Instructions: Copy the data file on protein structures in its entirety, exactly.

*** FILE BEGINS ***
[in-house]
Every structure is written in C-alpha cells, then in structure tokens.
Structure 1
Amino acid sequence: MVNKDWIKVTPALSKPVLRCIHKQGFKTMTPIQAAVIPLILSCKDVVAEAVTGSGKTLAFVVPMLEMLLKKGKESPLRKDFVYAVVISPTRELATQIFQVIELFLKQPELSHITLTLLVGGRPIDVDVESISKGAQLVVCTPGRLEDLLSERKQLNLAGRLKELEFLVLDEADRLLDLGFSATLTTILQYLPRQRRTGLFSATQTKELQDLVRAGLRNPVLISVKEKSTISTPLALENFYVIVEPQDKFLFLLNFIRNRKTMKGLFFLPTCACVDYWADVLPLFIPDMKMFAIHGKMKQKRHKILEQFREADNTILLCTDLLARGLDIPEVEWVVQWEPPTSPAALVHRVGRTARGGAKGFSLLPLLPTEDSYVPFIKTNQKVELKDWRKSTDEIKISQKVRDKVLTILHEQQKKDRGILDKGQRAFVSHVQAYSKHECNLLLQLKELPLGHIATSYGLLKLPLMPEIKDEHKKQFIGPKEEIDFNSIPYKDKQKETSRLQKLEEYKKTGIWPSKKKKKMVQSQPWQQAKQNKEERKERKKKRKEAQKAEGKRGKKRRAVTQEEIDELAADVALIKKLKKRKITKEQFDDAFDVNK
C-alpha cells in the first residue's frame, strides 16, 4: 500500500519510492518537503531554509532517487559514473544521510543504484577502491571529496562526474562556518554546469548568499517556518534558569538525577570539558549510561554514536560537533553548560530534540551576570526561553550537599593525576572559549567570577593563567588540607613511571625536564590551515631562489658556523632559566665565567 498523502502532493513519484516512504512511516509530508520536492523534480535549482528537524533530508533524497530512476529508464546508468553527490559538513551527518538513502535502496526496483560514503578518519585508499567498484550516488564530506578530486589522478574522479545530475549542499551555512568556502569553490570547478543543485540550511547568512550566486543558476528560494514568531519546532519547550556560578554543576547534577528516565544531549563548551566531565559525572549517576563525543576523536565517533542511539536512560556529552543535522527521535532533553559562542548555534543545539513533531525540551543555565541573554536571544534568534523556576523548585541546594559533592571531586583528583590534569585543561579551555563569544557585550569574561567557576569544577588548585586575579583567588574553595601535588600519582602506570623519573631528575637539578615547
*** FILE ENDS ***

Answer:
[in-house]
Every structure is written in C-alpha cells, then in structure tokens.
Structure 1
Amino acid sequence: MVNKDWIKVTPALSKPVLRCIHKQGFKTMTPIQAAVIPLILSCKDVVAEAVTGSGKTLAFVVPMLEMLLKKGKESPLRKDFVYAVVISPTRELATQIFQVIELFLKQPELSHITLTLLVGGRPIDVDVESISKGAQLVVCTPGRLEDLLSERKQLNLAGRLKELEFLVLDEADRLLDLGFSATLTTILQYLPRQRRTGLFSATQTKELQDLVRAGLRNPVLISVKEKSTISTPLALENFYVIVEPQDKFLFLLNFIRNRKTMKGLFFLPTCACVDYWADVLPLFIPDMKMFAIHGKMKQKRHKILEQFREADNTILLCTDLLARGLDIPEVEWVVQWEPPTSPAALVHRVGRTARGGAKGFSLLPLLPTEDSYVPFIKTNQKVELKDWRKSTDEIKISQKVRDKVLTILHEQQKKDRGILDKGQRAFVSHVQAYSKHECNLLLQLKELPLGHIATSYGLLKLPLMPEIKDEHKKQFIGPKEEIDFNSIPYKDKQKETSRLQKLEEYKKTGIWPSKKKKKMVQSQPWQQAKQNKEERKERKKKRKEAQKAEGKRGKKRRAVTQEEIDELAADVALIKKLKKRKITKEQFDDAFDVNK
C-alpha cells in the first residue's frame, strides 16, 4: 500500500519510492518537503531554509532517487559514473544521510543504484577502491571529496562526474562556518554546469548568499517556518534558569538525577570539558549510561554514536560537533553548560530534540551576570526561553550537599593525576572559549567570577593563567588540607613511571625536564590551515631562489658556523632559566665565567 498523502502532493513519484516512504512511516509530508520536492523534480535549482528537524533530508533524497530512476529508464546508468553527490559538513551527518538513502535502496526496483560514503578518519585508499567498484550516488564530506578530486589522478574522479545530475549542499551555512568556502569553490570547478543543485540550511547568512550566486543558476528560494514568531519546532519547550556560578554543576547534577528516565544531549563548551566531565559525572549517576563525543576523536565517533542511539536512560556529552543535522527521535532533553559562542548555534543545539513533531525540551543555565541573554536571544534568534523556576523548585541546594559533592571531586583528583590534569585543561579551555563569544557585550569574561567557576569544577588548585586575579583567588574553595601535588600519582602506570623519573631528575637539578615547